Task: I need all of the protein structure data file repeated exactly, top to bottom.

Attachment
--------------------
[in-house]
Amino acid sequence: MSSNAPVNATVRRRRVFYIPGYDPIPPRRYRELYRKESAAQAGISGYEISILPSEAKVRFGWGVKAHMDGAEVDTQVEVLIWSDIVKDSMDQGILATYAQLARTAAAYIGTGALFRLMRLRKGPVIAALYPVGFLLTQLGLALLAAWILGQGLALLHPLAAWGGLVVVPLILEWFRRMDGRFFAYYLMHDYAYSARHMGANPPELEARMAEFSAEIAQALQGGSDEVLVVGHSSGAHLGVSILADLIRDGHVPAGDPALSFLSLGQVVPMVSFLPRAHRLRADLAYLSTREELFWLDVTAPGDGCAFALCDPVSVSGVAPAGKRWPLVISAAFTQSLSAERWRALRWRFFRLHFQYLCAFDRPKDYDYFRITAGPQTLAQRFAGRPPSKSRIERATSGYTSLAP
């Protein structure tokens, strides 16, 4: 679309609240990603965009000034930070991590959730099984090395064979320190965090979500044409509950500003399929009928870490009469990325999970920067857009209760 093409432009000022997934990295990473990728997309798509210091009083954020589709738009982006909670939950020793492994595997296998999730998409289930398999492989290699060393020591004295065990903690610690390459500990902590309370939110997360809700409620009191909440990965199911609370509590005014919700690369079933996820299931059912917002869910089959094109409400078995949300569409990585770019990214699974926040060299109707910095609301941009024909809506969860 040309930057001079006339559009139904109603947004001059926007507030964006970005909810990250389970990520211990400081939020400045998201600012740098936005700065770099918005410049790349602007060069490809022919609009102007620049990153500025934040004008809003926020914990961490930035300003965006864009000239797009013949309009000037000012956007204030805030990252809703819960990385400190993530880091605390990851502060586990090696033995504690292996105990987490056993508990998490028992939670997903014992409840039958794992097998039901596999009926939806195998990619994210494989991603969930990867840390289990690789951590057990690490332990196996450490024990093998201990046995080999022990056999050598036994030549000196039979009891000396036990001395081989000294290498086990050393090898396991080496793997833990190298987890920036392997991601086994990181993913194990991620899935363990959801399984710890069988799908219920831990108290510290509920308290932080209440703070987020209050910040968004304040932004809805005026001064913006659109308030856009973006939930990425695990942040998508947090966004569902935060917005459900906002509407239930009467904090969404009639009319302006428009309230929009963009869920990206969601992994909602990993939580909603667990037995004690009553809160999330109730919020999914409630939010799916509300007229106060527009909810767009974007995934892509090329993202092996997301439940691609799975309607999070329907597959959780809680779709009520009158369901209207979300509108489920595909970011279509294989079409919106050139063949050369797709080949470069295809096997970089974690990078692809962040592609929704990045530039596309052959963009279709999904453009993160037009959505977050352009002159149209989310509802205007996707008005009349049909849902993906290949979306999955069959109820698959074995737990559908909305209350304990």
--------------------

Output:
[in-house]
Amino acid sequence: MSSNAPVNATVRRRRVFYIPGYDPIPPRRYRELYRKESAAQAGISGYEISILPSEAKVRFGWGVKAHMDGAEVDTQVEVLIWSDIVKDSMDQGILATYAQLARTAAAYIGTGALFRLMRLRKGPVIAALYPVGFLLTQLGLALLAAWILGQGLALLHPLAAWGGLVVVPLILEWFRRMDGRFFAYYLMHDYAYSARHMGANPPELEARMAEFSAEIAQALQGGSDEVLVVGHSSGAHLGVSILADLIRDGHVPAGDPALSFLSLGQVVPMVSFLPRAHRLRADLAYLSTREELFWLDVTAPGDGCAFALCDPVSVSGVAPAGKRWPLVISAAFTQSLSAERWRALRWRFFRLHFQYLCAFDRPKDYDYFRITAGPQTLAQRFAGRPPSKSRIERATSGYTSLAP
């Protein structure tokens, strides 16, 4: 679309609240990603965009000034930070991590959730099984090395064979320190965090979500044409509950500003399929009928870490009469990325999970920067857009209760 093409432009000022997934990295990473990728997309798509210091009083954020589709738009982006909670939950020793492994595997296998999730998409289930398999492989290699060393020591004295065990903690610690390459500990902590309370939110997360809700409620009191909440990965199911609370509590005014919700690369079933996820299931059912917002869910089959094109409400078995949300569409990585770019990214699974926040060299109707910095609301941009024909809506969860 040309930057001079006339559009139904109603947004001059926007507030964006970005909810990250389970990520211990400081939020400045998201600012740098936005700065770099918005410049790349602007060069490809022919609009102007620049990153500025934040004008809003926020914990961490930035300003965006864009000239797009013949309009000037000012956007204030805030990252809703819960990385400190993530880091605390990851502060586990090696033995504690292996105990987490056993508990998490028992939670997903014992409840039958794992097998039901596999009926939806195998990619994210494989991603969930990867840390289990690789951590057990690490332990196996450490024990093998201990046995080999022990056999050598036994030549000196039979009891000396036990001395081989000294290498086990050393090898396991080496793997833990190298987890920036392997991601086994990181993913194990991620899935363990959801399984710890069988799908219920831990108290510290509920308290932080209440703070987020209050910040968004304040932004809805005026001064913006659109308030856009973006939930990425695990942040998508947090966004569902935060917005459900906002509407239930009467904090969404009639009319302006428009309230929009963009869920990206969601992994909602990993939580909603667990037995004690009553809160999330109730919020999914409630939010799916509300007229106060527009909810767009974007995934892509090329993202092996997301439940691609799975309607999070329907597959959780809680779709009520009158369901209207979300509108489920595909970011279509294989079409919106050139063949050369797709080949470069295809096997970089974690990078692809962040592609929704990045530039596309052959963009279709999904453009993160037009959505977050352009002159149209989310509802205007996707008005009349049909849902993906290949979306999955069959109820698959074995737990559908909305209350304990």